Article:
Blackburn drops anti-net neutrality bill

Rep. Marsha Blackburn introduced a bill Friday that would keep the Obama administration from taking another stab at net neutrality rules.

The Tennessee Republican announced that she would be introducing the bill on Wednesday, when Federal Communications Commission Chairman Tom Wheeler said that he would be attempting to rewrite the agency's net neutrality rules.

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Those rules, which prevented Internet providers from blocking or slowing access to certain websites, were overturned by a federal court earlier this year. Wheeler said Wednesday that the agency would be rewriting the rules according to the court's decision.

The bill that Blackburn introduced Friday — H.R. 4070, the Internet Freedom Act — would prohibit the agency from issuing new net neutrality rules.

"It’s time for Congress to slam the FCC’s regulatory back-door shut, lock it, and return the keys to the free market," Blackburn said in a statement introducing the bill.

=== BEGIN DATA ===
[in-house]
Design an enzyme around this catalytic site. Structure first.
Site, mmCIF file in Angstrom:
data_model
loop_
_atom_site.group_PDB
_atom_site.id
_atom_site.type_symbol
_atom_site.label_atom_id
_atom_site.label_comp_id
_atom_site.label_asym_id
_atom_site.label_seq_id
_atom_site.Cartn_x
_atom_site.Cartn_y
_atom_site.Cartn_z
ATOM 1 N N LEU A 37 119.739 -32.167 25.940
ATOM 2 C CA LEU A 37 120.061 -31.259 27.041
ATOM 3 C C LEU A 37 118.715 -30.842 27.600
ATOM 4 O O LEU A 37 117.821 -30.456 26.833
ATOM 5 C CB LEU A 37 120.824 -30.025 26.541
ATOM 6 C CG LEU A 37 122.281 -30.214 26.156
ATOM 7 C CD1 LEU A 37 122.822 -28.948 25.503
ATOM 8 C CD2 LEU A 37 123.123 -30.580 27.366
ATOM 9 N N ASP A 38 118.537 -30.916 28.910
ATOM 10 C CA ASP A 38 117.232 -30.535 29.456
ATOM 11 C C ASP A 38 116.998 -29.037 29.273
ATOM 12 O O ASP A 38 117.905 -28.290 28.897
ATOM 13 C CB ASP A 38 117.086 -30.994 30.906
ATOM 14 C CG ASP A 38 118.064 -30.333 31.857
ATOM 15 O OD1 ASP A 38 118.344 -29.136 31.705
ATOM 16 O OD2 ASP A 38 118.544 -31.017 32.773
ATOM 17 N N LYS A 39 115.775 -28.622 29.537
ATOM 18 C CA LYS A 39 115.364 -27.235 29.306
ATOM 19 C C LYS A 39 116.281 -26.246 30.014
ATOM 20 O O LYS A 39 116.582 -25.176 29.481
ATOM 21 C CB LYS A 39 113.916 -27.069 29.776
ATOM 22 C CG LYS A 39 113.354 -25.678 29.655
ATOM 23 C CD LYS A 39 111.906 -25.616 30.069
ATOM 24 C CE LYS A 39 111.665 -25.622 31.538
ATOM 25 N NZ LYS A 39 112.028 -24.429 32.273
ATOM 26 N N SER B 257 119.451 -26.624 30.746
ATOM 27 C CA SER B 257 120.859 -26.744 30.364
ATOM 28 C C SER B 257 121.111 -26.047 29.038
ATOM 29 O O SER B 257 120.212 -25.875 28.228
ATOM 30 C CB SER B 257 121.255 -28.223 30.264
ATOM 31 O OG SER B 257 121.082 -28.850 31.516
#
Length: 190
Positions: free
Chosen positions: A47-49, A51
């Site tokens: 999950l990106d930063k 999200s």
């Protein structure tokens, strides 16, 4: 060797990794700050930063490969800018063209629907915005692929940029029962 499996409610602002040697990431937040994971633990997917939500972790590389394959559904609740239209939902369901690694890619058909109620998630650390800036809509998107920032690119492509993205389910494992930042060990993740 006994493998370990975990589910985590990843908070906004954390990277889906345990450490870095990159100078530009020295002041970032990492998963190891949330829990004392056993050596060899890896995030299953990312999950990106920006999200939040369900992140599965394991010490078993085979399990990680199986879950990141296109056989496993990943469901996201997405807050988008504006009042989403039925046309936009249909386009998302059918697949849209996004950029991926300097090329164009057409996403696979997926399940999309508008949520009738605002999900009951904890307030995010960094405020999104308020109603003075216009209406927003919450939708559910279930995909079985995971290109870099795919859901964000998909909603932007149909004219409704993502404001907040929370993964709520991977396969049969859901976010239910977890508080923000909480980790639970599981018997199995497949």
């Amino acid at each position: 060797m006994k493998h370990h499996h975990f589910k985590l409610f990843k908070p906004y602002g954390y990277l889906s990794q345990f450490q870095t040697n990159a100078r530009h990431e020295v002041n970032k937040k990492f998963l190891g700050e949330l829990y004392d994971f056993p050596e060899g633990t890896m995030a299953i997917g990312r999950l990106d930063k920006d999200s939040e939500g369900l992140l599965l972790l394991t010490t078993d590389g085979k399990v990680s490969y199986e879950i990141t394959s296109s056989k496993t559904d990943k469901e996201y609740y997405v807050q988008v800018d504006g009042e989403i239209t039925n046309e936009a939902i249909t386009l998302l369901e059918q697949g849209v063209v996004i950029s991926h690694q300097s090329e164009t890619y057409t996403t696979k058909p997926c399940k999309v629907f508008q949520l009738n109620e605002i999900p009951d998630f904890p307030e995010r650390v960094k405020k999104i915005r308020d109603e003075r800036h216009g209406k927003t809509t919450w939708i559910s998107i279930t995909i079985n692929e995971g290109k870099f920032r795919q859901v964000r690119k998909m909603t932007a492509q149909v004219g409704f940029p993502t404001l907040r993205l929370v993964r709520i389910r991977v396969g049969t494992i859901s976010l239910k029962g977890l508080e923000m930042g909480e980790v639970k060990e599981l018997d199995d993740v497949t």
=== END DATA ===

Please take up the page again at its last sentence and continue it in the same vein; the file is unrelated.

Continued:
"My legislation will put the brakes on net neutrality and protect our innovators from these job-killing regulations."

Echoing her statement after Wheeler's announcement on Wednesday, Blackburn criticized the Obama administration for "proving once again that they will stop at nothing to restrict our Internet freedom" by attempting to resurrect the FCC's net neutrality rules.

"Despite having their regulations rejected by a federal appeals court, Chairman Wheeler has decided to press forward with the effort to implement these overreaching rules," which would give the FCC "a foothold into managing how internet service providers run their networks ... deciding which content goes first, second, third, or not at all," she said.